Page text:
BP: Haiku Dialogue–Finding Peace and Contemplation

…in worn, imperfect, transient things (a rusty hitching post). This week at the Haiku Foundation’s weekly column, Haiku Dialogue, the photo prompt was that of an old hitching post in the shape of an S and its shadow on the stucco wall behind it. Since the shadow was prominent, guest editor Marietta McGregor indicated that the subject of shadows could also be used to craft a haiku.

This pedometer geek writer used shadows to write a couple haiku, and the editor chose to include one of them in this week’s column. The haiku is as follows:

summer afternoon

cloud shadows cross

our sails

~Nancy Brady, 2021

There is nothing quite so peaceful as lying on the bow of a sailboat and watching the jib above. As the clouds pass in front of the sun, they create shadows.

To read all the haiku chosen by Marietta McGregor for this week’s column, check out http://www.thehaikufoundation.org. Thank you, Marietta, for including mine along with the others. It is appreciated.

On another haiku-related subject, the Haiku Foundation also asks for participation in the weekly column called Renku Sessions. Renku is a linked haiku form, and under the leader, certain parameters are met to link the current verse to the previous verse without obviously linking to the rest of the renku.

Having no idea how those decisions are made did not deter this pedometer geek writer from participating nearly every week on the twenty verse renku. The leader, John Stevenson, decided to choose a different poet’s verse each week although he welcomed (and often commented favorably on) the verses suggested by those poets. He also commented upon verses that he also liked among the contenders before announcing which verse he chose to continue the renku.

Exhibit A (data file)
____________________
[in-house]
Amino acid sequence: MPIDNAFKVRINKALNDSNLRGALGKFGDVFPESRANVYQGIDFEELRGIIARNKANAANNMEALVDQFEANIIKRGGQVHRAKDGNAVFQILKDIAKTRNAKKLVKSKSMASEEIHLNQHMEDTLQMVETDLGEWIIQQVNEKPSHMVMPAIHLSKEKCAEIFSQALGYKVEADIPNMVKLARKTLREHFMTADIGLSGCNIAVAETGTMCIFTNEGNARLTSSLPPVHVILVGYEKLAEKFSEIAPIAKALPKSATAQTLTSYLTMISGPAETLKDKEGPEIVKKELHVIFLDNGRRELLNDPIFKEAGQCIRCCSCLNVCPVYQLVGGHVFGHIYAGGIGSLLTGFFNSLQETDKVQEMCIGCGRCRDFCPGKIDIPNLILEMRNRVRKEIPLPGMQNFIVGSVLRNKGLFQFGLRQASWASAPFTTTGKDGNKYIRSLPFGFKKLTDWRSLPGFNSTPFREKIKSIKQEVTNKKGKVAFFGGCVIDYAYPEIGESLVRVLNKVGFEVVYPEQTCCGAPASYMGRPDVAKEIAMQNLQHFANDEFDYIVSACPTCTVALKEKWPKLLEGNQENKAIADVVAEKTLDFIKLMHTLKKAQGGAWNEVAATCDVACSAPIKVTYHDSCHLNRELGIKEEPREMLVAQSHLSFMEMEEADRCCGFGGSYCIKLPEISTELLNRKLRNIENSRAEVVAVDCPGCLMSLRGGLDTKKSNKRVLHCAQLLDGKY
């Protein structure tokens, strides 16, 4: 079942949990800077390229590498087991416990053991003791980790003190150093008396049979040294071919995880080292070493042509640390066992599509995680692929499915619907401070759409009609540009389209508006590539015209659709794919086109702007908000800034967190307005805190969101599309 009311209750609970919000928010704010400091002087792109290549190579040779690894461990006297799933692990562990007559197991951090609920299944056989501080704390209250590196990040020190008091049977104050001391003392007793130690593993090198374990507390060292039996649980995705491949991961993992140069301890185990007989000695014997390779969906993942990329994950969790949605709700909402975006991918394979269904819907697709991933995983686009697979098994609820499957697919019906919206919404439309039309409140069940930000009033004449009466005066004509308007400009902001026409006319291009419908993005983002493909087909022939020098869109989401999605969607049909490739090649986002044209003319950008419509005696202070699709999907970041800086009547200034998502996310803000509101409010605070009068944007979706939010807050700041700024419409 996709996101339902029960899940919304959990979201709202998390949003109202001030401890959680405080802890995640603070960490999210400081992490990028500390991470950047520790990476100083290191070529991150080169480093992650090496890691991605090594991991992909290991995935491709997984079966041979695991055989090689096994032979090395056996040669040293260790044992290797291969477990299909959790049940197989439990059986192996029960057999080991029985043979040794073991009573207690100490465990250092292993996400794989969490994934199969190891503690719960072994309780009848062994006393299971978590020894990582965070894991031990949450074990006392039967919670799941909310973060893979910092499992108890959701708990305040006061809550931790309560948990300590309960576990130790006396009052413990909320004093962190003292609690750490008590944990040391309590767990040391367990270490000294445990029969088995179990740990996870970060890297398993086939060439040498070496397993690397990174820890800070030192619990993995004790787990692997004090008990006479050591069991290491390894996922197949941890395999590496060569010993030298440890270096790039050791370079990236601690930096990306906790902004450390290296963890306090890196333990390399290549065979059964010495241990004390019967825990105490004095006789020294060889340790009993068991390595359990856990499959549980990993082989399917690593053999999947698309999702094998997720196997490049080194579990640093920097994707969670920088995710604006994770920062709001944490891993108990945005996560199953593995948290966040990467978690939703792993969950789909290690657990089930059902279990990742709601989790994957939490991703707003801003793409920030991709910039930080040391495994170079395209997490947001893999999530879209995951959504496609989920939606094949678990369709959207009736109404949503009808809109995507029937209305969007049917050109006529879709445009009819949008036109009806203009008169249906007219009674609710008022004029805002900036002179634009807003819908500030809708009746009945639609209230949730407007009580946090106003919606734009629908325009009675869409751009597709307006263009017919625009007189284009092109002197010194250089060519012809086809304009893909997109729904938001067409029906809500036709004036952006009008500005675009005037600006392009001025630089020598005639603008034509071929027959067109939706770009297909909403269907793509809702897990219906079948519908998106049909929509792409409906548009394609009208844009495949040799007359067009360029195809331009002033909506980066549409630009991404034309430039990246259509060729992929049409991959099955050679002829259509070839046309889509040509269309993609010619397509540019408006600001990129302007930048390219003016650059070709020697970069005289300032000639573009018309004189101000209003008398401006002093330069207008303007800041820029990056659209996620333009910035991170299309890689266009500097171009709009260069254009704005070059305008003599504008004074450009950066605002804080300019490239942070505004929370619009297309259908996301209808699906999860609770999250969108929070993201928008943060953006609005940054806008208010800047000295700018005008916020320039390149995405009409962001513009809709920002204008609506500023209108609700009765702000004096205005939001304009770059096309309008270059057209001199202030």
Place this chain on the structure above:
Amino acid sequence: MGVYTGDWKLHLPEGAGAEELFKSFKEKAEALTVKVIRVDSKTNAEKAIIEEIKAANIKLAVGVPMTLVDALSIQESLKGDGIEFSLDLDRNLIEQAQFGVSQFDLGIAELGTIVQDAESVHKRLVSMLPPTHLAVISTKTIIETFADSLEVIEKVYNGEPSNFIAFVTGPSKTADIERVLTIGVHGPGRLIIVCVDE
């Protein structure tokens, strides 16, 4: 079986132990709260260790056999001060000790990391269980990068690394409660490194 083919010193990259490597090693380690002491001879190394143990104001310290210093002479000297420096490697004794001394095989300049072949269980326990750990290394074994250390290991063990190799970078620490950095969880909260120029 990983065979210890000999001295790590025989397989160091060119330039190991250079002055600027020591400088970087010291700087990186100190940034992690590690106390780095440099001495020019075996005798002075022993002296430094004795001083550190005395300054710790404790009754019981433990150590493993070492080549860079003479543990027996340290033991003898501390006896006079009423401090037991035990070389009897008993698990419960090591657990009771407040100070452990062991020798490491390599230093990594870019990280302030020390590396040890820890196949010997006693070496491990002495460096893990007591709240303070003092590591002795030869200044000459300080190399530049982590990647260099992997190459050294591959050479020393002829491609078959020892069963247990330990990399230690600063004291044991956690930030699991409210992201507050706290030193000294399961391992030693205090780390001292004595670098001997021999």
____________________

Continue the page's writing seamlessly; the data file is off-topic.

This poet was shocked when John chose one of my entries for the nineteenth verse. To be honest, many of the ones I wrote have become a part of other haiku. I still don’t understand the form very well, but I enjoyed participating in the various renku the Haiku Foundation has run in the past. This renku, called The Way of the Wind, as well as all of the others are archived on the website.

About pedometergeek

A pharmacist by profession, a haiku poet by nature, I read and write. I have a book of haiku, Ohayo Haiku, and another somewhat alternative haiku book, Three Breaths, but write other genres. I also read...lots of novels! My favorite is, and remains, Ayn Rand's Atlas Shrugged but I am also a big Harry Potter fan. I truly am a pedometer geek strapping on my pedometer as soon as I awaken.
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10 Responses to BP: Haiku Dialogue–Finding Peace and Contemplation

  1. Jules says:

    It is very subjective as to what editors accept – and I am happy that you have been chosen many times with/for your haiku. You capture some very calm moments that can be imagined easily. Thank you!

    Liked by 1 person

    • Thanks, Jules, for your kind words. Poetry is so subjective, but I mostly write for my own pleasure, to get out thoughts and feelings that I observed or are inside me. You understand; you do the same thing (and more consistently at that) because you are a writer/poet yourself.
      On the other hand, it is nice to have some validation, too, from someone other than friends or family. It is only in the past year or so that I ever submitted to any journal. To put work out there is a bit scary to tell the truth. This year, after last year’s depressed mood with all that was going on, I decided to put myself out there. I am making a conscious effort to write again. And even to submit.
      Speaking of which, there’s only a few days until your and Colleen’s first Word Weavings! How exciting is that! Hugs, Nan

      Liked by 1 person

      • Jules says:

        Being an editor… I never thought I’d add that to my resume! I think I helped a little. 😉
        Colleen has the wonderful programs and knowledge of publishing.

        I guess I did get a taste of that when I helped to Judge one year at a Carrot Ranch Rodeo.